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Attitude confidence and source credibility in information foraging with social tags

  • Stefan Schweiger ,

    Roles Conceptualization, Data curation, Formal analysis, Investigation, Methodology, Visualization, Writing – original draft, Writing – review & editing

    Affiliation Knowledge Construction Lab, Leibniz-Institut fuer Wissensmedien, Tuebingen, Germany

  • Ulrike Cress

    Roles Conceptualization, Funding acquisition, Project administration, Supervision, Writing – review & editing

    Affiliations Knowledge Construction Lab, Leibniz-Institut fuer Wissensmedien, Tuebingen, Germany, University of Tuebingen, Tuebingen, Germany


There is growing concern that online information searchers are overconfident and therefore largely search for information which reinforces their prior attitudes, blinded by confirmation bias. This study tests if this effect can be reduced in content aggregation platforms, when social tag clouds show popular topics among experts. We manipulated (1) confidence in prior attitudes, and (2) the credibility of the expert community that tagged the content. We found that both factors influence navigation in different ways. First, attitude confidence moderated the influence of prior attitudes when choosing how much attitude-consistent content in blog posts to read. When attitude confidence was high, prior attitudes were positively associated with selection of blog posts, when low, not positively associated. After navigation, when confidence was high, the content of attitude-consistent blog posts was more favourably evaluated, whereas when confidence was low, attitude inconsistent blog posts were more favourably evaluated. Second, source credibility moderated the influence of prior attitudes on tag selection. When source credibility was low, prior attitudes did guide tag selection, when high, they did not. With low source credibility, people selected more attitude-consistent content. The findings advance social tagging theories by showing that not only semantic associations, but also attitudes play a role when people select and process tags and related content. The findings also show that credibility and confidence have a different impact on different stages of information selection and evaluation. Whereas credibility is more important when switching among pages, attitude confidence is more important when reading and evaluating the content of one page.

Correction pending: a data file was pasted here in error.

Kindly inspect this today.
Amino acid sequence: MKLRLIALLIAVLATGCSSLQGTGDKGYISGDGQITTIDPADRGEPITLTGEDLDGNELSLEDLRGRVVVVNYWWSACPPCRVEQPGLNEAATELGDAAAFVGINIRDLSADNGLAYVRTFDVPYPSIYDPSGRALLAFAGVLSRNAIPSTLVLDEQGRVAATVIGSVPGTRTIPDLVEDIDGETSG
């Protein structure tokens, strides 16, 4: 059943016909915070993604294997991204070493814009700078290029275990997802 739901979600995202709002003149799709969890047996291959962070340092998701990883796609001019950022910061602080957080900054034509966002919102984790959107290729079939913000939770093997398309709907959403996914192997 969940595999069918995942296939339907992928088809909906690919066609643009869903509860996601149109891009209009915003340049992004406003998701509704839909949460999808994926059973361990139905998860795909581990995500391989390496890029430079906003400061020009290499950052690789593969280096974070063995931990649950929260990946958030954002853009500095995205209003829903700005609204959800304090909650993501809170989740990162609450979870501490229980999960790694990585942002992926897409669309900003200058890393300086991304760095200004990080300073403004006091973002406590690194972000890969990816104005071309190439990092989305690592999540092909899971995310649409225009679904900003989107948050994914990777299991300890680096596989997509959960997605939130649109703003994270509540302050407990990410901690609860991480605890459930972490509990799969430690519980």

In online environments, it has been suggested that we often find ourselves in a filter bubble or echo chamber, where we only receive and attend to information that is consistent with our views and prior attitudes (e.g. [110]). This is called confirmation bias [1,2], and its robustness has been extensively documented by literature (see [1,2] for an overview and [3] for a meta-analysis). Confirmation bias is particularly prevalent and pertinent in online content platforms [47,10], and it fundamentally shapes our search for, and evaluation of information [1,11]. Confirmation bias might possibly set us on a particularly harmful track, for example, when we search for health-related information online [10].

Online search is so important that people still prefer to search online for an answer to a question even if they have an answer at hand [12]. This also suggests that searchers have less confidence in their own knowledge than in information they find online [12]. But people are also exceedingly confident about their knowledge in spite of actual limitations to that knowledge. Such confidence has been exhibited in a large range of domains [13]. These findings show the central role confidence plays in online information search. Thus, the question of the consequences of confidence on confirmation bias is a fundamental one. In the study presented here, we investigate whether confirmation bias increases when searchers are highly confident and perceive their own attitudes as highly valid.

Besides confidence, perceived validity of one’s own attitudes and perceived validity of the online community’s knowledge could also influence confirmation bias. However, this implies that searchers are equipped with the skill of recognizing whether a source is credible or not. There is mixed evidence from different online platforms whether people succeed in taking source credibility adequately into account. A recent review found in the context of health-related search that homophily drives credibility evaluations of user-generated content [14]. That is, blog posts and health forum entries are evaluated as more credible when authors of blog posts or forum entries have demographics similar to those of the searcher [14]. But in social media or content aggregation platforms, the creator of the content often differs from the person or community which collects and shares content. We test whether searchers evaluate credibility correctly in terms of expertise of the community. And we ask the question whether the perception that the community is highly credible makes the searcher more open to content in spite of their prior attitudes.